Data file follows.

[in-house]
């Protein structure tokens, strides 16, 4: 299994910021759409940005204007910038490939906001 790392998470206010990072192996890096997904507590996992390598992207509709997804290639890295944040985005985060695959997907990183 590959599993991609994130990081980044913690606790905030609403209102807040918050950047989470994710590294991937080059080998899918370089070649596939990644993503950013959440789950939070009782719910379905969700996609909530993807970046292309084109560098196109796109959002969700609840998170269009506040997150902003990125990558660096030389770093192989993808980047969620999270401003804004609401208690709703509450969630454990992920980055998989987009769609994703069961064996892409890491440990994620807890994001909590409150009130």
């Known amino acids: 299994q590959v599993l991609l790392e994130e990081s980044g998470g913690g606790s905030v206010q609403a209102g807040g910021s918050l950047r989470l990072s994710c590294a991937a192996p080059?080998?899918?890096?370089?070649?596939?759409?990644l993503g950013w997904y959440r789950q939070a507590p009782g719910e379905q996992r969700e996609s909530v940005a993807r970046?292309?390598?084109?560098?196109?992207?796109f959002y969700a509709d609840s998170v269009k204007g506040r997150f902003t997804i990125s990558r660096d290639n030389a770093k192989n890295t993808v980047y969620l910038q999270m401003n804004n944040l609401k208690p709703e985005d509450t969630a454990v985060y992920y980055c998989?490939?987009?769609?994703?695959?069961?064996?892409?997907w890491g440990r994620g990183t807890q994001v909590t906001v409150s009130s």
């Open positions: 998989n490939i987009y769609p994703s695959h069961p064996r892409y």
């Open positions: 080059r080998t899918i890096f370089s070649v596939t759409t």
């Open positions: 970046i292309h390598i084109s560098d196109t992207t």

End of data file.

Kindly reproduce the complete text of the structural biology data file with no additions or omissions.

[in-house]
């Protein structure tokens, strides 16, 4: 299994910021759409940005204007910038490939906001 790392998470206010990072192996890096997904507590996992390598992207509709997804290639890295944040985005985060695959997907990183 590959599993991609994130990081980044913690606790905030609403209102807040918050950047989470994710590294991937080059080998899918370089070649596939990644993503950013959440789950939070009782719910379905969700996609909530993807970046292309084109560098196109796109959002969700609840998170269009506040997150902003990125990558660096030389770093192989993808980047969620999270401003804004609401208690709703509450969630454990992920980055998989987009769609994703069961064996892409890491440990994620807890994001909590409150009130």
């Known amino acids: 299994q590959v599993l991609l790392e994130e990081s980044g998470g913690g606790s905030v206010q609403a209102g807040g910021s918050l950047r989470l990072s994710c590294a991937a192996p080059?080998?899918?890096?370089?070649?596939?759409?990644l993503g950013w997904y959440r789950q939070a507590p009782g719910e379905q996992r969700e996609s909530v940005a993807r970046?292309?390598?084109?560098?196109?992207?796109f959002y969700a509709d609840s998170v269009k204007g506040r997150f902003t997804i990125s990558r660096d290639n030389a770093k192989n890295t993808v980047y969620l910038q999270m401003n804004n944040l609401k208690p709703e985005d509450t969630a454990v985060y992920y980055c998989?490939?987009?769609?994703?695959?069961?064996?892409?997907w890491g440990r994620g990183t807890q994001v909590t906001v409150s009130s």
């Open positions: 998989n490939i987009y769609p994703s695959h069961p064996r892409y």
């Open positions: 080059r080998t899918i890096f370089s070649v596939t759409t």
């Open positions: 970046i292309h390598i084109s560098d196109t992207t």